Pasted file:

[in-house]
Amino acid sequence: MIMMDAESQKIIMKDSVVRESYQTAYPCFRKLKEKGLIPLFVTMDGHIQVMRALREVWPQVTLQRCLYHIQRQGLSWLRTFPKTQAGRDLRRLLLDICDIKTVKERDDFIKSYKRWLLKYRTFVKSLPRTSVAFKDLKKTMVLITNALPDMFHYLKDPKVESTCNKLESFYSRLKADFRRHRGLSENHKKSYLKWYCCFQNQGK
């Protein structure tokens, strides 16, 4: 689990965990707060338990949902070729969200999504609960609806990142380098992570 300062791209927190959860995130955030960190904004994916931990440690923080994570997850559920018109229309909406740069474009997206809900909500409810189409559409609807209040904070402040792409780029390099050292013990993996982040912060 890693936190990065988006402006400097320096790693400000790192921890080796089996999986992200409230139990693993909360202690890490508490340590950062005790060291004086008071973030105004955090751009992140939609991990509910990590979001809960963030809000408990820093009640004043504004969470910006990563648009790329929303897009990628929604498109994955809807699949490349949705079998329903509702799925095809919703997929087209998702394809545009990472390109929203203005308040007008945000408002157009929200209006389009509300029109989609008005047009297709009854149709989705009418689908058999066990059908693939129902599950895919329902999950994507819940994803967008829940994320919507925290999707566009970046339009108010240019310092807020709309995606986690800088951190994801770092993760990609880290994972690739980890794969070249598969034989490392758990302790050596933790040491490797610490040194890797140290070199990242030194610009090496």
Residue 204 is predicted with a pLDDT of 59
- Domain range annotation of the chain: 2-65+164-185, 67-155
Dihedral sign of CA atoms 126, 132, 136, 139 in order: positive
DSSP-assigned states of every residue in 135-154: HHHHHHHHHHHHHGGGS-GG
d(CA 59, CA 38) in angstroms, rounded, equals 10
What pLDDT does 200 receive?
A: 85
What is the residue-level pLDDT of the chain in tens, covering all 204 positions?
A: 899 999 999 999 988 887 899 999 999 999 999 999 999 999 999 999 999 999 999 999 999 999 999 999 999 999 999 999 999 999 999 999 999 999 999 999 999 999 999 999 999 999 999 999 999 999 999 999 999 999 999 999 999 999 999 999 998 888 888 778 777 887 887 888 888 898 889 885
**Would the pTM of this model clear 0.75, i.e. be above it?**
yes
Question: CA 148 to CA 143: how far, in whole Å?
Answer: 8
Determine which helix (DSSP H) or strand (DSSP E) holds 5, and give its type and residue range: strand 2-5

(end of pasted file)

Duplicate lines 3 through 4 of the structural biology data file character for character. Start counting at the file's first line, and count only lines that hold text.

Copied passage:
């Protein structure tokens, strides 16, 4: 689990965990707060338990949902070729969200999504609960609806990142380098992570 300062791209927190959860995130955030960190904004994916931990440690923080994570997850559920018109229309909406740069474009997206809900909500409810189409559409609807209040904070402040792409780029390099050292013990993996982040912060 890693936190990065988006402006400097320096790693400000790192921890080796089996999986992200409230139990693993909360202690890490508490340590950062005790060291004086008071973030105004955090751009992140939609991990509910990590979001809960963030809000408990820093009640004043504004969470910006990563648009790329929303897009990628929604498109994955809807699949490349949705079998329903509702799925095809919703997929087209998702394809545009990472390109929203203005308040007008945000408002157009929200209006389009509300029109989609008005047009297709009854149709989705009418689908058999066990059908693939129902599950895919329902999950994507819940994803967008829940994320919507925290999707566009970046339009108010240019310092807020709309995606986690800088951190994801770092993760990609880290994972690739980890794969070249598969034989490392758990302790050596933790040491490797610490040194890797140290070199990242030194610009090496």
Residue 204 is predicted with a pLDDT of 59